Split system air conditioners are the most ideal solution for single room heating and cooling. They are made up of two components – an indoor unit (head unit) and an outdoor unit (compressor). The indoor unit moves the cool air around the room, while the outdoor unit dissipates the heat from the cooled area (heat exchange).
Split system air conditioners are the more cost-effective choice to purchase and have installed. Due to the fact that you are not purchasing an entire system of ductwork and vents, the costs can be minimal in comparison to ducted systems. A considerably less amount of time is needed for technicians to install them, and there is minimal modification required to your home. If budget is a restraining factor, more split systems can be added to your home if you require later on, or as your budget allows. Due to the fact that split systems only heat or cool one room or space of your home, they have lower energy demands and therefore are quite cost-effective to run.
However, there are also cons involved with having a split system installed within your home. The heating or cooling capacity is limited with splits, and therefore may not be a possible option for your space. While they are the cheaper option singularly, if you need multiple units within your home, the costs can add up. The bulkiness of both the indoor unit and the outdoor unit, and the inability to hide them can often become an eyesore and stand out on your wall. So if you are looking for a neat and tidy option that is easily concealed, then a split system is not your choice.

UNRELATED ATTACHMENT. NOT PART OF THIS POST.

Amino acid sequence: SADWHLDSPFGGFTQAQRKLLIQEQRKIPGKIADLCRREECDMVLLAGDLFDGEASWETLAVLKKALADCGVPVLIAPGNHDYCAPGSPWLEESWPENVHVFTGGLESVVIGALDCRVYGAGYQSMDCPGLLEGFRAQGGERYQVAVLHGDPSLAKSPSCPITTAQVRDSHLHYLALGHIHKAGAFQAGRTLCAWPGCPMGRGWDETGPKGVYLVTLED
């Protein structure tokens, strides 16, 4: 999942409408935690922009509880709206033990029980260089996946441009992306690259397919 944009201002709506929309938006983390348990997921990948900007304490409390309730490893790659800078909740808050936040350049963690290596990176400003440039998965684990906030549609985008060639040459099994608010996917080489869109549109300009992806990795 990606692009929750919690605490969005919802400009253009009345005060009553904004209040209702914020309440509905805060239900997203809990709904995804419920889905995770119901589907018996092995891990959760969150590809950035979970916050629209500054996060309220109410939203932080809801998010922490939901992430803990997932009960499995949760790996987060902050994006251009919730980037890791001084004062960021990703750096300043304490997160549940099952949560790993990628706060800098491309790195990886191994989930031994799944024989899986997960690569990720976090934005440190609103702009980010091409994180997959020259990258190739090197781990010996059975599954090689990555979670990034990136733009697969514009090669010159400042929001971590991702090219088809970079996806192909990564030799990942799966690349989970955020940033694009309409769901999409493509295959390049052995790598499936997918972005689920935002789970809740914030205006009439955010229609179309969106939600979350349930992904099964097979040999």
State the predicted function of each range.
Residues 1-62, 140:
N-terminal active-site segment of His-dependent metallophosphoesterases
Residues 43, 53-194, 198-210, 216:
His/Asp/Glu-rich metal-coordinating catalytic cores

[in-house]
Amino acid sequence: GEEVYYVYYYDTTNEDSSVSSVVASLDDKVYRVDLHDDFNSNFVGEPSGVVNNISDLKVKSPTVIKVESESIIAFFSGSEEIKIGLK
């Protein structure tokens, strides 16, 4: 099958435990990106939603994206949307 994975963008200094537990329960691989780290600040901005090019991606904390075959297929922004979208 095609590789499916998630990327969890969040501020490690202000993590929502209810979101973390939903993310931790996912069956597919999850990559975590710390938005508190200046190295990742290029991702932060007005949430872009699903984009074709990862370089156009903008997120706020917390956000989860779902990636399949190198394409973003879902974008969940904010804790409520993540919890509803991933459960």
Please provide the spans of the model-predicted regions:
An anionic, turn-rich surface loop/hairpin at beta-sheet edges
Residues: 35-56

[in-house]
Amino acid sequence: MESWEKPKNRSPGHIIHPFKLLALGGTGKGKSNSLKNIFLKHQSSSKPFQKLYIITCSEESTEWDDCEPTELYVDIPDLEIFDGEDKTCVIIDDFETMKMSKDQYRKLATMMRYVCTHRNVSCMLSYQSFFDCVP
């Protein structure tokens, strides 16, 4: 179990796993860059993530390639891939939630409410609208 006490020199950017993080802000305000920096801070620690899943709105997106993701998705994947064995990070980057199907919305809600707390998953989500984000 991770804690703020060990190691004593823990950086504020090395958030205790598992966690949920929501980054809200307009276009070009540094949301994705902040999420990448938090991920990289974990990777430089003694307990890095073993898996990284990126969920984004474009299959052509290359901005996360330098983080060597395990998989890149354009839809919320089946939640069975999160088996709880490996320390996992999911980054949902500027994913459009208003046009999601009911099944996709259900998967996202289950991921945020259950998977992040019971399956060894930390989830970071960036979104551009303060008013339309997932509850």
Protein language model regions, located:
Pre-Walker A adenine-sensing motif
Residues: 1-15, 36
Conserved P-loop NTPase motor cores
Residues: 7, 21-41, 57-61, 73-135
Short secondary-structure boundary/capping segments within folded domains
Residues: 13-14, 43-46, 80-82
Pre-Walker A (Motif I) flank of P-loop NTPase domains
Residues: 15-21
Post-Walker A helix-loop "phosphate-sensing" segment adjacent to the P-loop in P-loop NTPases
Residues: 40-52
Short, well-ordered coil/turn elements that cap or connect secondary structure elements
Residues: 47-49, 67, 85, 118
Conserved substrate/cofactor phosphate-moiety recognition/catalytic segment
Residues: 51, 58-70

So which option is best for me?
Each of these systems essentially performs the same job, but personal preferences and limitations can restrict which one is best for you. It is important to take into account each of the pros and cons provided so that your system benefits you for years to come.
Factors to think of when deciding include:
- What maintenance/upkeep is included – A ducted system will require yearly services by a professional, while a split system will require more regular cleaning that can be completed by the homeowner, and professional servicing less frequently.
- How much you want to spend – A ducted system will cost more to purchase and have installed upfront but the options to zone your system means that their running costs can be reduced. While a singular split system will cost less upfront, should you need to add more in the future, the costs can add up.
- What area you are looking to cool – Do you want to cool your entire home or just one room? Should you only need one room cooled, is important to think about whether you will be wanting to cool more in the future.
- Aesthetics – The way the system will look is also something to think about. While split systems stand-out on both an indoor and outdoor wall, they are becoming much more visually appealing.
If you are unsure about which system is best for you, call us today on (08) 8297 3422 to speak to one of our professionals. We can provide fuss-free quotes for more than one type of system so that you can weigh up your options.